36 Policy drivers SmartSustainableInclusive CompetitivenessEnvironmentSkills InnovationEco…5RsEducation SMEsClimate change Single market

37 Planning: the importance of early warning Draft legislation Decision of the Commission Council and EP readings Effort Time 36 policy political

38 Start early policy politics Go low and go early Use ideas Go strong and aim high Use door openers Negotiation… If… then…

39 Understand timing  Commission Annual Work Programme Published November before the year  Presidency priorities We want a decision on this before…  Community patent  Budget negotiations  Flagship roadmaps Actions and dates  Contacts with Commission staff

40 Proposal / Consultation  For big policy ideas, Commission will do a consultation Questionnaire Position papers Common Strategic Framework  X responses  Concrete is still wet at this stage Still time to influence  Develop position Involve other relevant stakeholders

41 Position: do we know what we know? What we knowWhat we don’t know We know Answered questions We know that we know Unanswered questions We know that we don’t know We don’t know Unquestioned answers We don’t know that we know Unquestioned questions We don’t know that we don’t know

42 Position: what do we want? MustLike Intend Minimum that we can accept We would not say no Success! Example It could be worse! Example Put back timing Narrow scope Example Stop a proposal Get direct wording in text

43 Power Low interestHigh interest Low influence MonitoringSeek partners and lobbyists High influence Support partners but low intensity Follow debate Lead debate and actions

44 Position  Influence ideas  Seminars  Expert round tables  Academic papers  Think tank papers (EPC, Brueghel…)  Position papers  Case study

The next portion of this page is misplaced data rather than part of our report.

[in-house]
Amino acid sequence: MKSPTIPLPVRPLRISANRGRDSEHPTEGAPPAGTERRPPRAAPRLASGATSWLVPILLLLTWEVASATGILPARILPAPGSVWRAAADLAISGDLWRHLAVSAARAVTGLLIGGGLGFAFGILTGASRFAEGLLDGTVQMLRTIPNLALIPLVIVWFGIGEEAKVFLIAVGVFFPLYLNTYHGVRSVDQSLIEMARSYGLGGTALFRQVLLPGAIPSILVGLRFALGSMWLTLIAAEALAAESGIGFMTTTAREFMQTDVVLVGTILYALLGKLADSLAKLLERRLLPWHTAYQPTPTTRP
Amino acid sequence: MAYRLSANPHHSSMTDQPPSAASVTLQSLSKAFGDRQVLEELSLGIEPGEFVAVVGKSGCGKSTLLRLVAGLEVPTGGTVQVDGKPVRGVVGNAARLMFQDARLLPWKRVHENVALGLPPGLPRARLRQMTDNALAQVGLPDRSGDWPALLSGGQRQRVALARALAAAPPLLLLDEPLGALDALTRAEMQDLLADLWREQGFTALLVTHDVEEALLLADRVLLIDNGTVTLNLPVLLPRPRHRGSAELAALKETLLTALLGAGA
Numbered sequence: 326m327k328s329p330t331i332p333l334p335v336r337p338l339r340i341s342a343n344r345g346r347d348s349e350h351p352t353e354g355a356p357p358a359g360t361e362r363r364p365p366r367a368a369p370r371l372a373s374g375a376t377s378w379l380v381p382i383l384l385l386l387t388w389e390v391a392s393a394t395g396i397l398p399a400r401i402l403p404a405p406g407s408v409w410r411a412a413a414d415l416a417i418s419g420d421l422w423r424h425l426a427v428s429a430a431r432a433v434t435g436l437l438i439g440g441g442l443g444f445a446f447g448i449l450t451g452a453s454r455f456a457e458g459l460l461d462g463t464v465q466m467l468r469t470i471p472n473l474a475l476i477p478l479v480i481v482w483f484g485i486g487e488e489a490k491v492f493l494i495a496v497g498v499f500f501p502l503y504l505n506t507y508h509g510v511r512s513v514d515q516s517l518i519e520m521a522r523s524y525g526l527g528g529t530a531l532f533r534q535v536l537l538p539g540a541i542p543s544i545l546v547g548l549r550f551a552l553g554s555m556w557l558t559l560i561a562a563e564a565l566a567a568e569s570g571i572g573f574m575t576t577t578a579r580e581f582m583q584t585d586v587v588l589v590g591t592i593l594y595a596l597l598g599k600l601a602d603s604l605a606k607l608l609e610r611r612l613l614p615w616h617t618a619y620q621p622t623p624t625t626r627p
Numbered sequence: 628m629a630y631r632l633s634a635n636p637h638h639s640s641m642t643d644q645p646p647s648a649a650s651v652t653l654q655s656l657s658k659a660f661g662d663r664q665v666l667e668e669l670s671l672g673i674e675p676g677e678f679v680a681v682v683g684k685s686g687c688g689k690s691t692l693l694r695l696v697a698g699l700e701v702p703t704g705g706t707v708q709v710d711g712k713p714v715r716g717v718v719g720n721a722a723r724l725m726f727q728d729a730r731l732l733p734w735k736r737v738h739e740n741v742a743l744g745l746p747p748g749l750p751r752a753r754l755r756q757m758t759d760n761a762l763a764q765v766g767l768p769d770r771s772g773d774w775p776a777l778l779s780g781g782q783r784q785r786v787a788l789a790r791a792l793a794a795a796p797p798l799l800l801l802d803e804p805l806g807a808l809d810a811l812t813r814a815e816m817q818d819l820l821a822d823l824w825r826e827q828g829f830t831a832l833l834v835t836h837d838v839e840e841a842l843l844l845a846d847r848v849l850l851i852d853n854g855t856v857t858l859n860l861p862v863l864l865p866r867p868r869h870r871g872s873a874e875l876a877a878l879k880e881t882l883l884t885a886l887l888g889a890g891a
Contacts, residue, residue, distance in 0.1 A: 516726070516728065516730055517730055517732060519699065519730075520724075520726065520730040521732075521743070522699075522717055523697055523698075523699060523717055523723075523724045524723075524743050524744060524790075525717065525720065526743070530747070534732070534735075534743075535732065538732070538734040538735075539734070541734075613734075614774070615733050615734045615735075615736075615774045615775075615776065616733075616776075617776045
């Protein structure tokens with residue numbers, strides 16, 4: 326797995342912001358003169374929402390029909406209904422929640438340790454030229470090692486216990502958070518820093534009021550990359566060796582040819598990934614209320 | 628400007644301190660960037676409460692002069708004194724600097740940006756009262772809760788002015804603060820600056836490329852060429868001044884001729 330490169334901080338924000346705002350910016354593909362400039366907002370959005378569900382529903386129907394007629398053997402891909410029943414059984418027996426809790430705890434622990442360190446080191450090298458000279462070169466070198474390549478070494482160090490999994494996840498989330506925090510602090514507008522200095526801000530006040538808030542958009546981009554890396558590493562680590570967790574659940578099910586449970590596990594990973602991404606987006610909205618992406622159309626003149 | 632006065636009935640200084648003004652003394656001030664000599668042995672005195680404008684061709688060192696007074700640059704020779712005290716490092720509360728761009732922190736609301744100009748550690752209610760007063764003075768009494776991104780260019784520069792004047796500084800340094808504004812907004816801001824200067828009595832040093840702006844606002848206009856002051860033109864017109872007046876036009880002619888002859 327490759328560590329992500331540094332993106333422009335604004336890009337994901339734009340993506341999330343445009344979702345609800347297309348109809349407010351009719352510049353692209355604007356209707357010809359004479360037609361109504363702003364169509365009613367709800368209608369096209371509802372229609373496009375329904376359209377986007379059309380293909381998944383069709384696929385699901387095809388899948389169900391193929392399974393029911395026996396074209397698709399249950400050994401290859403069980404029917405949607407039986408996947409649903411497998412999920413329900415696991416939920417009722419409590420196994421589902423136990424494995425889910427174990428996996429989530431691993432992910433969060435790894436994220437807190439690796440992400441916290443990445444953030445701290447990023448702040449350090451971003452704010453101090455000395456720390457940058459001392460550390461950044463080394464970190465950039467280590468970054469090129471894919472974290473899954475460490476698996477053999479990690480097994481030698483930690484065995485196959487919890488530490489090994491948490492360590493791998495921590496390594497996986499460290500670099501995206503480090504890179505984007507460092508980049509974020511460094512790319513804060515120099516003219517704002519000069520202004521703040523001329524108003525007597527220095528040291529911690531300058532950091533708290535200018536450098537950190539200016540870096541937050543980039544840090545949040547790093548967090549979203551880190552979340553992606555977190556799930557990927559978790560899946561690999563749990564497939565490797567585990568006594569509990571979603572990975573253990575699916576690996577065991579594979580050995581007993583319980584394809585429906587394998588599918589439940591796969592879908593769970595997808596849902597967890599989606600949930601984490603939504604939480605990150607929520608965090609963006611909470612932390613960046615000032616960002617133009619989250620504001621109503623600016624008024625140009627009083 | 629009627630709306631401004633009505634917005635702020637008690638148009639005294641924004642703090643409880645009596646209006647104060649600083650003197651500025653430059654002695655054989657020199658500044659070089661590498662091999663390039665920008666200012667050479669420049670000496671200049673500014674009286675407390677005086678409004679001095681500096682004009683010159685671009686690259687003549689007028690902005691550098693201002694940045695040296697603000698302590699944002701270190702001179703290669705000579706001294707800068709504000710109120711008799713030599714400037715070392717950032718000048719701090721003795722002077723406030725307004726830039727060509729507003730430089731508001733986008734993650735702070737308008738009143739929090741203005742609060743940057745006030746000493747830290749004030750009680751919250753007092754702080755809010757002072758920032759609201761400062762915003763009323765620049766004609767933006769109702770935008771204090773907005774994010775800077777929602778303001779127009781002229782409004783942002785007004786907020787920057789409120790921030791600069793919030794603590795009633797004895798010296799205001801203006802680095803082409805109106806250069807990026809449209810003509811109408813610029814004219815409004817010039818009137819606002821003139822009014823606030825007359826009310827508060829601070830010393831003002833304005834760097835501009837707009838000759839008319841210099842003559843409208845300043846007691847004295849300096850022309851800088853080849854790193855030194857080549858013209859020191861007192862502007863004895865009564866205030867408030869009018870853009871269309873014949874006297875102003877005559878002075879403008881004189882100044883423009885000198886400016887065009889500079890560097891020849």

45 Position: bring solutions  Situation As you know*…EU/European consumers want(s) higher welfare standards for chickens New battery cages for chickens  Problem Not all MS farmers have complied yet Unfair competition  Solution Ban export of eggs from non-compliant farmers  Evaluation of solution Encourages speedy adoption of EU legislation * Eurobarometer – useful for surveys

46 The Right Message In The Right Format To The Right People At The Right Time Who to lobby MEPs Commission DG Other DG Council Perm Reps CoR & ECOSOC Other Networks/ Contacts Other Representations Other Regions ? “Friends” ?? People:stakeholder analysis

47 Develop alliances  Look for other networks who support your position 80:20 rule  Exchange position papers  Joint meetings  Cross-border alliances always stronger  Look for the EU added value Ask not what the EU can do for you but what you can do the for the EU

48 Patience and professionalism  EU policy is slow  Big policy changes take 5 years  The junior officer/intern/MEPs assistant you started talking to in 2011 may be well placed to decide in 2016 or 2021…  Being professional is key, your reputation is your calling card

49 Professional  Know the dossier inside out  Develop a strong narrative  Good presentation skills in English and all other languages an advantage especially French, German and Spanish  Look professional Business cards on hand Dress – more smart than casual

50 Lobbying: some P’s Power Planning Policy People Partners Position Patience Process Professional Expertise

51  Aware of processes  Aware of planning (timetable)  Actively involved in the policy  Aware of the people and how to contact Networking Intelligence  Able to articulate a position Clearly, Concisely, Continually…

52  “Networking in Brussels, A practical guide to navigating EU networks”, Pascal Goergen, 2009  “The new practical guide to the EU labyrinth”,Daniel Gueguen, edition 2009  “, Survival Guide to EU Lobbying”, Caroline De Cock, 2010  “ European Lobbying’ Daniel Gueguen, 2008  “Machiavelli in Brussels, The Art of Lobbying the EU”, Rinus van Schendelen, 2003 (recently updated)  “Bursting the Brussels Bubble”  “Lobbying in the European Union – current rules and practices” European Parliament Working Paper AFCO 104EN 04/2003  “Brussels the EU quarter” Lobby Planet, 2005  “Lobbying in Brussels” Friends of the Earth Europe 51 Bibliography

53 for listening 3 rue du Luxembourg B-1000 Brussels Tel +32 2 503 3554 Richard Tuffs Director The views expressed in this presentation do not reflect an official ERRIN position